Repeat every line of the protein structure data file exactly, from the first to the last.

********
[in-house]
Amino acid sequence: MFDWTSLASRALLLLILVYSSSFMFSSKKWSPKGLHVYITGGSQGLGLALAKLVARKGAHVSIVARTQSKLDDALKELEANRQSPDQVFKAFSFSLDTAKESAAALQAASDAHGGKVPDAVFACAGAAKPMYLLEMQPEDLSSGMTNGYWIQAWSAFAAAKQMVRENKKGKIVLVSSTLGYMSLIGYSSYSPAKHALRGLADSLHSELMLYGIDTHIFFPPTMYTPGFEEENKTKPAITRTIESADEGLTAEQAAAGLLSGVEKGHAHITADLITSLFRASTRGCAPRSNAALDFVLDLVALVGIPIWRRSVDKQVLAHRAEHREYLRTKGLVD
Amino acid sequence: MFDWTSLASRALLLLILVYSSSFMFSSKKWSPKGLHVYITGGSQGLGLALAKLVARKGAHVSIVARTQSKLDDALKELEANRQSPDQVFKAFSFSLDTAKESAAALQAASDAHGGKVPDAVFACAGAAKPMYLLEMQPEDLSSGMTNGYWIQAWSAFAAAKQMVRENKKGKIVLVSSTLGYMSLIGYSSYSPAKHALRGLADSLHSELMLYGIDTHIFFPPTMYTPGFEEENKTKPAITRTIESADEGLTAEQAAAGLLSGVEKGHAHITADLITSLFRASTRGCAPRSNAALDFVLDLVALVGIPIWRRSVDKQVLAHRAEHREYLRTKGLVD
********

[in-house]
Amino acid sequence: MFDWTSLASRALLLLILVYSSSFMFSSKKWSPKGLHVYITGGSQGLGLALAKLVARKGAHVSIVARTQSKLDDALKELEANRQSPDQVFKAFSFSLDTAKESAAALQAASDAHGGKVPDAVFACAGAAKPMYLLEMQPEDLSSGMTNGYWIQAWSAFAAAKQMVRENKKGKIVLVSSTLGYMSLIGYSSYSPAKHALRGLADSLHSELMLYGIDTHIFFPPTMYTPGFEEENKTKPAITRTIESADEGLTAEQAAAGLLSGVEKGHAHITADLITSLFRASTRGCAPRSNAALDFVLDLVALVGIPIWRRSVDKQVLAHRAEHREYLRTKGLVD
Amino acid sequence: MFDWTSLASRALLLLILVYSSSFMFSSKKWSPKGLHVYITGGSQGLGLALAKLVARKGAHVSIVARTQSKLDDALKELEANRQSPDQVFKAFSFSLDTAKESAAALQAASDAHGGKVPDAVFACAGAAKPMYLLEMQPEDLSSGMTNGYWIQAWSAFAAAKQMVRENKKGKIVLVSSTLGYMSLIGYSSYSPAKHALRGLADSLHSELMLYGIDTHIFFPPTMYTPGFEEENKTKPAITRTIESADEGLTAEQAAAGLLSGVEKGHAHITADLITSLFRASTRGCAPRSNAALDFVLDLVALVGIPIWRRSVDKQVLAHRAEHREYLRTKGLVD